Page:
To the editor:
I’m writing this as a counterpoint to Michael Hick’s column on income inequality on June 30.
As a retired educator, I know how important education is to our quality of life, but its use as job preparation has diminished in this century. Just because 38 million jobs in the United States are currently worked by people with some college education, it doesn’t mean those jobs use college-acquired skills or pay a living wage.
Check at the local McDonald’s or Walmart and see how many employees have college degrees but can’t find a better paying job.
When I was born in the 1950s, there was no “free trade” — using slave labor in third world countries — and labor unions here were strong. Now the U.S. labor market is fully controlled by businesses and their Wall Street owners who consider employees simply a negative on the balance sheet, a necessary expense to be minimized whenever possible. But no matter what level of education achieved by employees, labor markets are first and foremost human beings as much deserving of a living wage as their employers.
What are these high-skilled excess jobs referred to in the article? We actually have many well-trained Americans, but according to Microsoft we don’t have any people they need. They want to bring in immigrants who will work for lower wages and a green card. They don’t want to pay college-trained Americans. It is an unnecessary expense.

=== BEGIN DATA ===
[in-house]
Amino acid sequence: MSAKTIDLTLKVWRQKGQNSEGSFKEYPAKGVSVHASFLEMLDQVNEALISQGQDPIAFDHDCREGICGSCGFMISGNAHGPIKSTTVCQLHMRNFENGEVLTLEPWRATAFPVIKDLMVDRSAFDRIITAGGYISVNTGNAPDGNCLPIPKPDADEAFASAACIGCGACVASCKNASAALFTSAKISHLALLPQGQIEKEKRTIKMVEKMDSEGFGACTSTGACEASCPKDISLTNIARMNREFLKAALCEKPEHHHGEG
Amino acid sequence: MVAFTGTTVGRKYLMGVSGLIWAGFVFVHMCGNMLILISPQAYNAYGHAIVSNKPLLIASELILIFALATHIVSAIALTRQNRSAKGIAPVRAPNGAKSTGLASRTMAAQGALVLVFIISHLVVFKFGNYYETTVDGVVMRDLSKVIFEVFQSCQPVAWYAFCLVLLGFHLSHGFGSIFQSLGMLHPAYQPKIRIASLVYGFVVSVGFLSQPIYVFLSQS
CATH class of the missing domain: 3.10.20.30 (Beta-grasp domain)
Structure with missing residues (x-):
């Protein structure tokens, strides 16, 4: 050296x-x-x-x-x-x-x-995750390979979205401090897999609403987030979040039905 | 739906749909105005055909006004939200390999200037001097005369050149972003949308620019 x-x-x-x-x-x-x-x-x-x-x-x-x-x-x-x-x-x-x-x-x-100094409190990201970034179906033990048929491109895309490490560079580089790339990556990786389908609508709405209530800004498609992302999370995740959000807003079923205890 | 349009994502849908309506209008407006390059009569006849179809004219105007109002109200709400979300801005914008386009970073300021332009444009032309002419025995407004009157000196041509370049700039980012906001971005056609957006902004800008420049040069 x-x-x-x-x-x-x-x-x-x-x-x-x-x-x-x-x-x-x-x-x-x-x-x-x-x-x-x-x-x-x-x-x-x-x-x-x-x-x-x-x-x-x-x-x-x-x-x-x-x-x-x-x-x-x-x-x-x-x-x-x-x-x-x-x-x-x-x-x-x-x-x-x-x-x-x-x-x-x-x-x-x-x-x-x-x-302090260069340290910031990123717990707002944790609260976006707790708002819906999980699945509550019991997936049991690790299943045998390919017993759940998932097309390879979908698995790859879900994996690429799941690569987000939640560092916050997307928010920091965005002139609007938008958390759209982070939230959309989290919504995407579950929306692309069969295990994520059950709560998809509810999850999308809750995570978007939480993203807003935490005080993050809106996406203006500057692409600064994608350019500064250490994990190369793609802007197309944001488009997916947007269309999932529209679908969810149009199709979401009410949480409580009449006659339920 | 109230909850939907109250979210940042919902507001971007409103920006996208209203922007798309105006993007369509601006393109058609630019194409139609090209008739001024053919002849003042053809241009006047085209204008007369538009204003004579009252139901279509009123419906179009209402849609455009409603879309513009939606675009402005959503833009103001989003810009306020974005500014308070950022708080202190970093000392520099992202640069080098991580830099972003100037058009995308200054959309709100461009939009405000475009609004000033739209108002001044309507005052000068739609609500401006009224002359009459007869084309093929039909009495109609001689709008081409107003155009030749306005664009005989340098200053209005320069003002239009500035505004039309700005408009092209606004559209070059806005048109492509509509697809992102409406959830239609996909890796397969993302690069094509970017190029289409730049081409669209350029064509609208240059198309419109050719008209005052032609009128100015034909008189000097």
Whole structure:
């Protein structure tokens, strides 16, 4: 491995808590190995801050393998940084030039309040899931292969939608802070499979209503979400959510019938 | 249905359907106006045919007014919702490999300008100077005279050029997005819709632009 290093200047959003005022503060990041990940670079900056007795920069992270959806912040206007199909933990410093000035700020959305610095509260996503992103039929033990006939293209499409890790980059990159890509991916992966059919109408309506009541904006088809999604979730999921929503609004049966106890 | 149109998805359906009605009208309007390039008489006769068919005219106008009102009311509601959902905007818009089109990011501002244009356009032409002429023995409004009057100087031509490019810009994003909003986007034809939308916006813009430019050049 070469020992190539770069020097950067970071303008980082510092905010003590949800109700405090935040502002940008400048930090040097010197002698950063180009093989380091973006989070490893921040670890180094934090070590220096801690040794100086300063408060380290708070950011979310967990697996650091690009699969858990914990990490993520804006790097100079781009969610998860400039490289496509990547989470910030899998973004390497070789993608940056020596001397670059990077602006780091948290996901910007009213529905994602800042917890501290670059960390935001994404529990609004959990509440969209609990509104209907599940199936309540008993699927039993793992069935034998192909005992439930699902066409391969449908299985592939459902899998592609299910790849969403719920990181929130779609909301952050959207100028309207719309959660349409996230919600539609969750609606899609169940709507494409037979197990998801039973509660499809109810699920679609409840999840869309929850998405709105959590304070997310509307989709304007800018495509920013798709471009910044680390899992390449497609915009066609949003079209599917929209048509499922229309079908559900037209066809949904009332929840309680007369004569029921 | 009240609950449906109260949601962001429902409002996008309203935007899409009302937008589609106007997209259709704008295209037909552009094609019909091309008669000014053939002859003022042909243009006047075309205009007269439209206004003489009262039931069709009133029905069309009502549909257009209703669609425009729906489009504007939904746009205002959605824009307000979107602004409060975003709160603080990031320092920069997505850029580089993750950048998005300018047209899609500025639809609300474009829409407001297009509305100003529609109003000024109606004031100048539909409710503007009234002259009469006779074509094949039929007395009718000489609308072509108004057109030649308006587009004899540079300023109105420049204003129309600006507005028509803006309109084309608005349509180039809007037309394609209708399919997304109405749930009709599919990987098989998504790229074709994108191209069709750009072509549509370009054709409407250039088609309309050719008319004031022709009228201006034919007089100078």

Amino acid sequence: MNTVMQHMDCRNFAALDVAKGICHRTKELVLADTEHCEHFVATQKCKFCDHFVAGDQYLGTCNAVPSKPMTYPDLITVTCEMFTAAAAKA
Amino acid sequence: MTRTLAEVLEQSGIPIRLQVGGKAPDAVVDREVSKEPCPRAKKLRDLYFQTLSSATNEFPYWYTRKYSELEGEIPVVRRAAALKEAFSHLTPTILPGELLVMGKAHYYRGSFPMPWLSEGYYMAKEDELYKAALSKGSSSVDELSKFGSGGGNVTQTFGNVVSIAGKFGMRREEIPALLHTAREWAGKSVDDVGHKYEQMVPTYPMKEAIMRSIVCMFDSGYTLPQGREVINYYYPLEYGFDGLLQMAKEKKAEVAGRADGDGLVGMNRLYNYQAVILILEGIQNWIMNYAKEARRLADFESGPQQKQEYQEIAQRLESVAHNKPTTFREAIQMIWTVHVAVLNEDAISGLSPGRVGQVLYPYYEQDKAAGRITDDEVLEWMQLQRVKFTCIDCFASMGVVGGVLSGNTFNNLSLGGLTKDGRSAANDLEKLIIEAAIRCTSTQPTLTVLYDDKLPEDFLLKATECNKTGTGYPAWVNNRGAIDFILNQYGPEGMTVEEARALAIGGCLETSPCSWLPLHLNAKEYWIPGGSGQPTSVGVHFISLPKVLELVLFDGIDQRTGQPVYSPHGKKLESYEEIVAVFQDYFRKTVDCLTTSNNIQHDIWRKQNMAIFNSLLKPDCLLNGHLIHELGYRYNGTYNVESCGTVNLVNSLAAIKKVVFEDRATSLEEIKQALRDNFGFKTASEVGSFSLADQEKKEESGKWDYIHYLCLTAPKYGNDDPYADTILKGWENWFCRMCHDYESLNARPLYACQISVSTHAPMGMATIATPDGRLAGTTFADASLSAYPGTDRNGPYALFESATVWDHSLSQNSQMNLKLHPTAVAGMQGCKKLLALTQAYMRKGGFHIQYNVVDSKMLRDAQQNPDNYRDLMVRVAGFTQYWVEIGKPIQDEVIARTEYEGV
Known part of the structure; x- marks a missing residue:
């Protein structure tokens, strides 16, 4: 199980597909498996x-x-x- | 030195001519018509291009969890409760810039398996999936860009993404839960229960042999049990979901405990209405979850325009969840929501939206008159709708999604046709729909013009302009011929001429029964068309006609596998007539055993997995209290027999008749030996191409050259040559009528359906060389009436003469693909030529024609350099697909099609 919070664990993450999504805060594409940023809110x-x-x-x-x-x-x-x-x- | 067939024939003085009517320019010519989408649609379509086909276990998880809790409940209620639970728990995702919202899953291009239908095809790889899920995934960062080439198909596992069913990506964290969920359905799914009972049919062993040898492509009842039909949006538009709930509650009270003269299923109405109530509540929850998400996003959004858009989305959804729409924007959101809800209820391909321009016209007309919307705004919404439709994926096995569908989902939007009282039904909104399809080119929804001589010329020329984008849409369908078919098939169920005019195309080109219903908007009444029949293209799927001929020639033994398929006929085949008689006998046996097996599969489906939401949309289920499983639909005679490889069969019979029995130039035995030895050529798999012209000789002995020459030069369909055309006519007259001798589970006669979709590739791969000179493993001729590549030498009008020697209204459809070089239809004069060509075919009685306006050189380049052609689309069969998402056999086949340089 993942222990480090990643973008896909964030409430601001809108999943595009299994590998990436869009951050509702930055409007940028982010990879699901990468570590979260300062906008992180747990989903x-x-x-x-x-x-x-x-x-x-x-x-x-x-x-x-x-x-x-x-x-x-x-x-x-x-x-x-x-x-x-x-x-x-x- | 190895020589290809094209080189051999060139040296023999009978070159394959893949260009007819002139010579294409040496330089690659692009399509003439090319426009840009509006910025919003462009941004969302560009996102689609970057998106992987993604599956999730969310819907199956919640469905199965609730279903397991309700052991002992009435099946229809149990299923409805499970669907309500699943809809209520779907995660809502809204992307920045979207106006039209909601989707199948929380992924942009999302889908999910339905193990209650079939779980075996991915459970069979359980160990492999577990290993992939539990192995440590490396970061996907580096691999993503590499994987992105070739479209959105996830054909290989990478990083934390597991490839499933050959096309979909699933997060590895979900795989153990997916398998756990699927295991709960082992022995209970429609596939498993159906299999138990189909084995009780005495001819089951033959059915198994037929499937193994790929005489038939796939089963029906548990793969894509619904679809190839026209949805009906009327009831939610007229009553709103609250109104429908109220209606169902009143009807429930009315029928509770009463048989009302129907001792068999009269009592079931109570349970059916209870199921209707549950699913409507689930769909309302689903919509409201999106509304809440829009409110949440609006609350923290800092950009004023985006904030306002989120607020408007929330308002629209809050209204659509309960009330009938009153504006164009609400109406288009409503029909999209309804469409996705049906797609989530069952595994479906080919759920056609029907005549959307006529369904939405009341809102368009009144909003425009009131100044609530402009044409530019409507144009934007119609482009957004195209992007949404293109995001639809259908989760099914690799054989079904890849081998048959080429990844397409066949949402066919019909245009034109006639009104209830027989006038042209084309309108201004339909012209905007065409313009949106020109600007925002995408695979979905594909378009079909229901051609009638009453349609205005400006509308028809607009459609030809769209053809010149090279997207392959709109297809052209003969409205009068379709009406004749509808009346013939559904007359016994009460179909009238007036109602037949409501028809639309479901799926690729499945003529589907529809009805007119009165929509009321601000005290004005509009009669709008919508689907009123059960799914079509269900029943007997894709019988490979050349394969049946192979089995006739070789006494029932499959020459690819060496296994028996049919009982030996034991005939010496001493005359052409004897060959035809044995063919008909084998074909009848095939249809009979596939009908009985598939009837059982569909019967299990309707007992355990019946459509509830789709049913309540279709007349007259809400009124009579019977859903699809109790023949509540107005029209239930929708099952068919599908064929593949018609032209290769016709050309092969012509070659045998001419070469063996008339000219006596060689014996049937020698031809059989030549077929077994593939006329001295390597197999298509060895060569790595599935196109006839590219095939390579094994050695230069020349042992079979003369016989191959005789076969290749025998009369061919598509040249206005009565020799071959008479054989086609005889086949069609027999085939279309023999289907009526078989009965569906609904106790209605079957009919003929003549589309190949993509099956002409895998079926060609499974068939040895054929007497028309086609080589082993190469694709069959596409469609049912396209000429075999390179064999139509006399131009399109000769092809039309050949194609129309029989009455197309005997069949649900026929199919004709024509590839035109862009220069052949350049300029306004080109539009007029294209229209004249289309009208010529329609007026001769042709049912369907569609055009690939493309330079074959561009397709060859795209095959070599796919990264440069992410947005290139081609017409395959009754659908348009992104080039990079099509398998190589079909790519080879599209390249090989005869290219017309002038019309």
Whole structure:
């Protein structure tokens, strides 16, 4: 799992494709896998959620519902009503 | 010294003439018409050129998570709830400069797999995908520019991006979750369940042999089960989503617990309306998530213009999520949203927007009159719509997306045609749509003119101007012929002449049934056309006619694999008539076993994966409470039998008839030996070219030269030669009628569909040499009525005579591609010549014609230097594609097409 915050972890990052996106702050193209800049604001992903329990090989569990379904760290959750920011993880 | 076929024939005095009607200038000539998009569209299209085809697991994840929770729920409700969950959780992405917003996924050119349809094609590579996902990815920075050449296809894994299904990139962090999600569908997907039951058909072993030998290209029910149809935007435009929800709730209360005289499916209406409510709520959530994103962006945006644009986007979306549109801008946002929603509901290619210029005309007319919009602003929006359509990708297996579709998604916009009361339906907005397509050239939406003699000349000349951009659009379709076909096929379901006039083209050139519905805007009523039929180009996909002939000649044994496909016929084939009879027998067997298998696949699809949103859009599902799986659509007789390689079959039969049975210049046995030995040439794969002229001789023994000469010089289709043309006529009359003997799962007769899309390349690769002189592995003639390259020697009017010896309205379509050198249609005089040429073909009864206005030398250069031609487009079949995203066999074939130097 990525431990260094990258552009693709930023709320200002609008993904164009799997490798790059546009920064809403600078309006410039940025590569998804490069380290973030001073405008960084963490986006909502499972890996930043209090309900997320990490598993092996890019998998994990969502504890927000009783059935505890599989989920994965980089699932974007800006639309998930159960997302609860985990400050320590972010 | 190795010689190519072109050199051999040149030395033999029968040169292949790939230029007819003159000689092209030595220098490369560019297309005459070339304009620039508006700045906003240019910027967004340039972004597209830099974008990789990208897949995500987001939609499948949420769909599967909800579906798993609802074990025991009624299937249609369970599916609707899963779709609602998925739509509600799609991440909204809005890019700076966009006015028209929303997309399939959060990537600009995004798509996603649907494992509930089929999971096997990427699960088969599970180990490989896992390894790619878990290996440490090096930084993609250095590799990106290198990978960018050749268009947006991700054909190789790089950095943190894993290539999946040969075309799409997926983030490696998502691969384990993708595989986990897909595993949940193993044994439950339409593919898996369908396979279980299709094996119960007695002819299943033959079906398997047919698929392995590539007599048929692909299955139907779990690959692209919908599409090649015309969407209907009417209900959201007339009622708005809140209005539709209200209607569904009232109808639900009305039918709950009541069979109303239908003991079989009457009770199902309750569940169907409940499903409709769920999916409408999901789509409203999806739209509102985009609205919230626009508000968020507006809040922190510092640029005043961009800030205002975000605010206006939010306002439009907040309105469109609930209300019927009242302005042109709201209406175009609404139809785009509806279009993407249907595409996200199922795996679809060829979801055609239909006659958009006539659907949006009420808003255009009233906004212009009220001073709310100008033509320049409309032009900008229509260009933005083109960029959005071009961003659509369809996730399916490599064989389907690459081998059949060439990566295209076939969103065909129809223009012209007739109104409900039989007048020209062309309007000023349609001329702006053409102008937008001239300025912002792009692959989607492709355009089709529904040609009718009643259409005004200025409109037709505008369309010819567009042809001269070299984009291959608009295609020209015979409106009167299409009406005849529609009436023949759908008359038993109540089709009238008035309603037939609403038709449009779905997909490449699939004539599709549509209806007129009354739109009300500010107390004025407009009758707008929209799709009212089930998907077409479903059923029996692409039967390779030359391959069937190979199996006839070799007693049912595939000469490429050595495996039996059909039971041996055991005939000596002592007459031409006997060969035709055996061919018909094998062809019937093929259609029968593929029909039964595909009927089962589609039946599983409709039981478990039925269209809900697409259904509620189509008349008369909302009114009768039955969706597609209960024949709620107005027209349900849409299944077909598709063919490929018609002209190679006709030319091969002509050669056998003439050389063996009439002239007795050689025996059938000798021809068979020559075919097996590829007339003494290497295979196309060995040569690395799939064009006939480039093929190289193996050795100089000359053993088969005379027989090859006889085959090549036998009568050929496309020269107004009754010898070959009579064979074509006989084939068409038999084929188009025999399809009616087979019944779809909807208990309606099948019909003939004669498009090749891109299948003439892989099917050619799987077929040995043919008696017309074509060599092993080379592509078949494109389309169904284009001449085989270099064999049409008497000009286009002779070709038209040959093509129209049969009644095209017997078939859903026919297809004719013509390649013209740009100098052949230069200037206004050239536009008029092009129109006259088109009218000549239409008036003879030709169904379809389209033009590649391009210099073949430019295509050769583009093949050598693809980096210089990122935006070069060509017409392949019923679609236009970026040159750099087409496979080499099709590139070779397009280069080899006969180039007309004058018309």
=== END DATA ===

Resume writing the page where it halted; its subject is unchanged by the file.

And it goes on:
Why does an economist blame social and cultural problems for poor students not going to college instead of the rapid rise in college tuition? In “Trends in Higher Education,” the College Board reports that as states have dramatically decreased their support for state colleges, student tuition and student loans (that cannot be discharged in bankruptcy) have skyrocketed.
Today’s high school students look at older siblings who are back living at home with thousands of dollars in federally insured student loans that they can’t pay off because wages are so suppressed, and so decide not to go to college. Who can blame them?